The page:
Have student loans? What the rate hike means for you
Time has run out for Congress to stop interest rates on federally subsidized student loans from doubling.
Rates are expected to shoot up from 3.4 percent to 6.8 percent now that Congress has failed to act.
This isn't a small problem.
More than 38 million Americans are carrying a total of nearly $1 trillion in student loan debt.
Economists at the Federal Reserve Bank of New York found that the average student loan balance among 25-year-olds with student debt grew by 91 percent in a decade, from $10,649 in 2003 to $20,326 in 2012.
So if you're already struggling with student loan debt or you're a panicked recent grad about to start those payments - what does this mean for you?
How much will the rate increase add to the average bill?
Congress' Joint Economic Committee estimates the increase will cost the average student $2,600. That's an average spread out over the life of the loan.
A $23,000 federal subsidized Stafford loan under the higher interest rate would cost an extra $3,000 over 10 years.
For those with really high debt the bite will of course be bigger. Graduates with $85,000 of debt can expect to tack on an average of $140 a month to their bill over a decade.
Who is this going to affect?
The biggest group of people who should be worried is the 7 million students expected to take out new Stafford loans this year. They're going to be stuck with a much bigger bill when they start paying the money back.
If you're already paying back loans - and don't expect take out any more - your interest rate will not be affected. Also, the rates on new unsubsidized Stafford and PLUS loans also will remain the same.
If they come up with a deal after the July 1 deadline will it be retroactive?
Yes, probably. Lawmakers skipped town for July 4th vacation but they're set to meet on July 10 to figure out what to do about the interest rate problem. If they come up with a deal it will apply to any new loans taken out after July 1 but before a deal is signed.
"It is possible for them to make a retroactive change, but only if the loans have not yet been disbursed," Mark Kantrowitz, senior vice president and publisher of Edvisors.com told NBC. "So they could make a retroactive change if the U.S. Department of Education delays the disbursement."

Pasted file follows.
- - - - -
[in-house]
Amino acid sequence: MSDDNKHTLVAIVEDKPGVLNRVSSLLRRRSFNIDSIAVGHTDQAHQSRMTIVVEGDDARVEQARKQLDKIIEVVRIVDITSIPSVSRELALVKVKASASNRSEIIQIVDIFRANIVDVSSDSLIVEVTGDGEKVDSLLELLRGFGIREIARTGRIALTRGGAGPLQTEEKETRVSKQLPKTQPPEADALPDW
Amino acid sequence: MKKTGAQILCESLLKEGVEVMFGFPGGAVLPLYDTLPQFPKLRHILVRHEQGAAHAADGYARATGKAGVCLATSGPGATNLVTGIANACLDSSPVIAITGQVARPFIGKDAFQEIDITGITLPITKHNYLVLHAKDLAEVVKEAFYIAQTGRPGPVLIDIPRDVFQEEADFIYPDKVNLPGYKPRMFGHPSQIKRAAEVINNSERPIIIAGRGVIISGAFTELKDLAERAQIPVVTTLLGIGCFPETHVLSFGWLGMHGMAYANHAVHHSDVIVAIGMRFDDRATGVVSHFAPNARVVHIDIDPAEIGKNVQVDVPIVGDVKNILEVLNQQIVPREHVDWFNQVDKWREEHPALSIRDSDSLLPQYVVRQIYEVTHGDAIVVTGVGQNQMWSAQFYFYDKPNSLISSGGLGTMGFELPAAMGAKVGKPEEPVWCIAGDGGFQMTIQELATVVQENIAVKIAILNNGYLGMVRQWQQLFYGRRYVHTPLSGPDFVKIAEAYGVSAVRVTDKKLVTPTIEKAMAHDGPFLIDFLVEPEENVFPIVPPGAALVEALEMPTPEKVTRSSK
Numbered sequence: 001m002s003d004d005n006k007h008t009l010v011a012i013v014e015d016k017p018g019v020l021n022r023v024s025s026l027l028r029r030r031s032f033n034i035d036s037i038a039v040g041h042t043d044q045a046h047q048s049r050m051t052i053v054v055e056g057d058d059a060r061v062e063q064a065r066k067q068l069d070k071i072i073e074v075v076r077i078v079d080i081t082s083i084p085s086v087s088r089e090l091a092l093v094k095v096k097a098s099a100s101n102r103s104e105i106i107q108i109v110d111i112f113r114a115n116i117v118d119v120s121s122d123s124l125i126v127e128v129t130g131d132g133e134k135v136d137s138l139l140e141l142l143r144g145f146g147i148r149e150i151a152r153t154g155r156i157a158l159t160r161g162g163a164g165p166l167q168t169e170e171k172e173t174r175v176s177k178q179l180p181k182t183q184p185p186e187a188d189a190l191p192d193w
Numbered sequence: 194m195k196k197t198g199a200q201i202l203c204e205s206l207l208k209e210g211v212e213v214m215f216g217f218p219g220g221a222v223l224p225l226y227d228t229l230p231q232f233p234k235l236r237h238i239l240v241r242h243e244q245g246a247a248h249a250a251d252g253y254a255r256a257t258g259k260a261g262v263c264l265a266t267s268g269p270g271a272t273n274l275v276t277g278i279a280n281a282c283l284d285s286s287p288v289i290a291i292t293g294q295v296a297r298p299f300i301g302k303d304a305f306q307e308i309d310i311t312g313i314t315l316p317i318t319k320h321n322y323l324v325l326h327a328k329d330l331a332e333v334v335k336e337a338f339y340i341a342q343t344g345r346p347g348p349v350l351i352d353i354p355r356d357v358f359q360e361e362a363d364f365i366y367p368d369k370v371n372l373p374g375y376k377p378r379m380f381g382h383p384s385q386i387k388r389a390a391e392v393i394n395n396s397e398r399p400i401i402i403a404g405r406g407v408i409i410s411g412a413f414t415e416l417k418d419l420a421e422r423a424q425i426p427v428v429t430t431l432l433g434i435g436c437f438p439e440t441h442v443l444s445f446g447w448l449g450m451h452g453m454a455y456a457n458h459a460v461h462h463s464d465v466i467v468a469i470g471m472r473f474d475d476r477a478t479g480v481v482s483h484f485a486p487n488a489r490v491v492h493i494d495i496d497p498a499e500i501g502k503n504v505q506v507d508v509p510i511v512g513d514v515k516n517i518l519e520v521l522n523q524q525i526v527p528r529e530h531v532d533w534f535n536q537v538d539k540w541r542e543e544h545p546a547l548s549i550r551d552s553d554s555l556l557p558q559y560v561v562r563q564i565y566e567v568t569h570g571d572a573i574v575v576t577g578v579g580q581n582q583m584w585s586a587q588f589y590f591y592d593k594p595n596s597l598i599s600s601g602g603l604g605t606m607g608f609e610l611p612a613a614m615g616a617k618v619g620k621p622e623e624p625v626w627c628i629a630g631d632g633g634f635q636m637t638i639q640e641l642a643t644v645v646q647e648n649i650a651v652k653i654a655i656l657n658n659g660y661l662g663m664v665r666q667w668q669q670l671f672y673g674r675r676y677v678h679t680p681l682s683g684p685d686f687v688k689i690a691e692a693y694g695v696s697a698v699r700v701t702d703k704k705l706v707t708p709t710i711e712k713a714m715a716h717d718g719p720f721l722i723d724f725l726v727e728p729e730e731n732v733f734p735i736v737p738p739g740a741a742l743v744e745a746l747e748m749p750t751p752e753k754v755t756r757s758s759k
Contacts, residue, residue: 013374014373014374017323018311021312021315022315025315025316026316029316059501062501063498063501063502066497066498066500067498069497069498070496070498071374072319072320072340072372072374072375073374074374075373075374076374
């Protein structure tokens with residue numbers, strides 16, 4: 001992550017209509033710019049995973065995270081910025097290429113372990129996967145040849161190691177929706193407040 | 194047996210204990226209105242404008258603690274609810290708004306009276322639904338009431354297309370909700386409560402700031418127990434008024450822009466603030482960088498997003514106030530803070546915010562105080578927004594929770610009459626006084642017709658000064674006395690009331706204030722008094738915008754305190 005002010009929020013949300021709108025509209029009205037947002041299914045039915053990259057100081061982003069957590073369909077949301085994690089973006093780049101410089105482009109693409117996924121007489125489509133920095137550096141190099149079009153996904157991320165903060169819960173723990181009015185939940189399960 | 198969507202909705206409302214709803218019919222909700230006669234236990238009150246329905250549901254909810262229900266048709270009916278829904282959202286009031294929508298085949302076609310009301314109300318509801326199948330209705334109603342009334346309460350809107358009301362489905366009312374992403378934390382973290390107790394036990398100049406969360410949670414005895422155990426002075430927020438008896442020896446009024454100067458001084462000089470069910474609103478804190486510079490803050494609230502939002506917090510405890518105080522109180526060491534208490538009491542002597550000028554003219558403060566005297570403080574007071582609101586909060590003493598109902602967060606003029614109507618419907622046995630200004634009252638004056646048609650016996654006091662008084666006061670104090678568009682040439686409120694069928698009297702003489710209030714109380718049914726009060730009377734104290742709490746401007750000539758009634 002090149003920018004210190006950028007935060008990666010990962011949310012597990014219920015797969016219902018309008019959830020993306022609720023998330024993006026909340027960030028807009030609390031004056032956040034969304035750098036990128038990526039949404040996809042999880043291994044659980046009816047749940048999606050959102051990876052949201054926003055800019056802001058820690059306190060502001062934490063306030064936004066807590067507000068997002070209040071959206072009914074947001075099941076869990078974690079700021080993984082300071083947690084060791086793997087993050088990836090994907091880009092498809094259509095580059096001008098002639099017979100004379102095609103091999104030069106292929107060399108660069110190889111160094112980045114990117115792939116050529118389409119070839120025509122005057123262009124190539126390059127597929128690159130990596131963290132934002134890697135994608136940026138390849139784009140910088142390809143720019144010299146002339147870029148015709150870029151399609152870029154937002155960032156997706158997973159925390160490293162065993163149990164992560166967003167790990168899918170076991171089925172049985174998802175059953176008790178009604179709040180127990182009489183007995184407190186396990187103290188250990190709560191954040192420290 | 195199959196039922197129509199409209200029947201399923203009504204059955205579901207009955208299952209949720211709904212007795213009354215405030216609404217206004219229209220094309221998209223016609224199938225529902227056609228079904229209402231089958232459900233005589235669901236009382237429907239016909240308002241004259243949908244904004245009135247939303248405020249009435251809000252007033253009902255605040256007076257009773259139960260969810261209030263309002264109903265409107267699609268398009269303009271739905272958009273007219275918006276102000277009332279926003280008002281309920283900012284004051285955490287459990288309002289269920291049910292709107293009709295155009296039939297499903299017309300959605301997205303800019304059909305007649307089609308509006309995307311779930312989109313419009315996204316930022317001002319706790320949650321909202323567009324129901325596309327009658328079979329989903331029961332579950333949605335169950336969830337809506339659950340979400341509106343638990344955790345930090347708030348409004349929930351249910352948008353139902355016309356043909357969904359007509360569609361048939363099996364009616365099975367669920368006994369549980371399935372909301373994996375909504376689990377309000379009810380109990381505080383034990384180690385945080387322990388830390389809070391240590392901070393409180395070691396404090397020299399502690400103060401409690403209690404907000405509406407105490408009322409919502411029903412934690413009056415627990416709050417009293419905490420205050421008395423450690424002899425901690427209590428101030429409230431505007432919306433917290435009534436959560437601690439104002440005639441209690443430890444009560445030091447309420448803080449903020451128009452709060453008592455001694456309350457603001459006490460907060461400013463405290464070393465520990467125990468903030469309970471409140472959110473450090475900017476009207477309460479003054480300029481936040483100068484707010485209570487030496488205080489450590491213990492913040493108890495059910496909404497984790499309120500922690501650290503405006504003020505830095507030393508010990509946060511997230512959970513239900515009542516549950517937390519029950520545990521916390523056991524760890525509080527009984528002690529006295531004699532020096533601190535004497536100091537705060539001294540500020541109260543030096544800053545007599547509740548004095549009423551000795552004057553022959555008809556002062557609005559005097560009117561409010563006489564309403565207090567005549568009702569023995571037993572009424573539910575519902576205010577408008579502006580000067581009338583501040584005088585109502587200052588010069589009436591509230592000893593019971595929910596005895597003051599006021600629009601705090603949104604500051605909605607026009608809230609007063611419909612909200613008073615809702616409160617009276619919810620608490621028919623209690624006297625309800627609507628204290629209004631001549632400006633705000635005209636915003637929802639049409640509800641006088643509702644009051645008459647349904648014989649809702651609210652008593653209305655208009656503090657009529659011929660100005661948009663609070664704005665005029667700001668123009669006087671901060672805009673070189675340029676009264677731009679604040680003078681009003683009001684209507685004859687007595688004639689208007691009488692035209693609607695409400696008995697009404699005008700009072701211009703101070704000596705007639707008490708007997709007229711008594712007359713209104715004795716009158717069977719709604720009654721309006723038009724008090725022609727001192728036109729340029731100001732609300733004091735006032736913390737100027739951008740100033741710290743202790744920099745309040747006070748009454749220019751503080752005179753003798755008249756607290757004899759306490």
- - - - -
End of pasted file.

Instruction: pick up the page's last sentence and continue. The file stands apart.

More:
Why can't Congress just freeze rates like they did last time?
In 2007, Congress set the rate at 3.4 percent with an expiration date of last year. But it was presidential election season and no one wanted to be responsible for increasing student debt in an election year. So Congress agreed to extend the deadline until June 30.
"Last year we kicked the can down the road and passed a one-year extension for only a small group of students. ... Why would we make the same mistake again and just kick the can down the road another year?" said Sen. Richard Burr, R-N.C.
Congress is looking for a more permanent fix to the problem but can't agree on how to get there.
What are the options?
Republicans want to let interest rates fluctuate with the markets every year and use the proceeds to pay down the nation's deficit. The rates would be reset every year according to the rate on US Treasuries with a cap of 8.5 percent.
Senate Democrats aren't happy about any plan that would let rates get that high - way above the 6.8 percent they're arguing over now.
Some Democrats want to extend the current 3.4 percent rate for another year to buy some time. The cost would be offset by closing tax loopholes on both inherited retirement funds and oil companies, according to ABC.
A bipartisan deal introduced Thursday would also link rates to the Treasury 10-year note plus 1.85 percent. Graduate loans would be market rates plus 3.4 percent, and parent PLUS interest at market rates plus 4.4 percent, with all loans at interest rates fixed for the life of the loan.
This article originally appeared on GlobalPost.